A few of the songs on Jewel’s new Christmas offering, Joy: A Holiday Collection, are wonderful. Just like Jewel’s early work, they’re cute and fun.
A few songs get an “A” for effort for doing a decent job of re-arranging Christmas standards, but a “C” overall, just because they don’t do anything overly fantastic.
Then there are those songs that make Jewel sound like she’s the woman at church on Christmas Eve who gets to sing because her family has been attending the church for over 50 years, not because she has the range or musical sense to sing the particular tune. Those tracks suck.
Let’s focus on the good first. “Rudolph, The Red-Nosed Reindeer,” Jewel’s duet with her mother Nedra Carroll is great. If you caught that VH1 special of hers about two years ago, you may have seen her perform it. Theoretically, if Mr. Grinch and Ebeneezer Scrooge ever had a child, this song would be just quirky enough to bring a great big smile to his or her face, and hence, save Christmas. Theoretically, of course.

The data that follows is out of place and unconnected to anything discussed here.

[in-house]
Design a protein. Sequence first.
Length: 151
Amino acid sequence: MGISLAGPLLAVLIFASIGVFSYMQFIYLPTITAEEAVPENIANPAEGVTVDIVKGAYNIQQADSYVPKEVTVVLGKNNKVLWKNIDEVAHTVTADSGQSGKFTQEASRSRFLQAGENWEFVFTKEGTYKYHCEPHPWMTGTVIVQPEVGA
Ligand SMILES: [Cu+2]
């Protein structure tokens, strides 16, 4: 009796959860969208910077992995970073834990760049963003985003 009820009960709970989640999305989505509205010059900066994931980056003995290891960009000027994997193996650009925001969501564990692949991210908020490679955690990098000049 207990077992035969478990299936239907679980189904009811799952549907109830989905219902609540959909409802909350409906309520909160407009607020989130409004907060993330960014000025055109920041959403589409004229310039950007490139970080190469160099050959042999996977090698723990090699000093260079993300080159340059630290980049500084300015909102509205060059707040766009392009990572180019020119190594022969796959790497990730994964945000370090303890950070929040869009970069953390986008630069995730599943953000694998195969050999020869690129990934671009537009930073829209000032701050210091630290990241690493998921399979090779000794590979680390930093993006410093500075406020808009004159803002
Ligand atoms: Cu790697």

Her version of “Winter Wonderland” contains an odd cross of yodeling and scatting, along with some great steel guitar playing. It’s a highlight of the upbeat tracks. Another one of Jewel’s duets with her mom, “I Wonder As I Wander,” is almost angelic.
Now let’s get to the bad tracks. They don’t ruin the album, but they definitely make you want to turn it off. On “Ave Maria,” Jewel does her best Suzie Kane impression, as her voice seems strained, out of range, and under-trained for this operatic experience. Her “Christmas Version” of “Hands,” incorrectly assumes that when you add chimes and a children’s choir to any song, you’ve turned it into a Christmas song. Guess what? It’s still the same damned song.
As a whole, this album is a decent Jewel album, and a pretty good Christmas album. Jewel fans don’t need it, but if you get a kick out of slightly more acoustic guitar-based arrangements of Christmas tunes, you might want to give this a listen.
// Sound Affects
"The man whose songs were recorded by Johnny Cash, Alan Jackson, Ricky Skaggs, David Allan Coe, The Highwaymen, and countless others succumbs to time’s cruel cue that the only token of permanence we have to offer are the effects of shared moments and memories.READ the article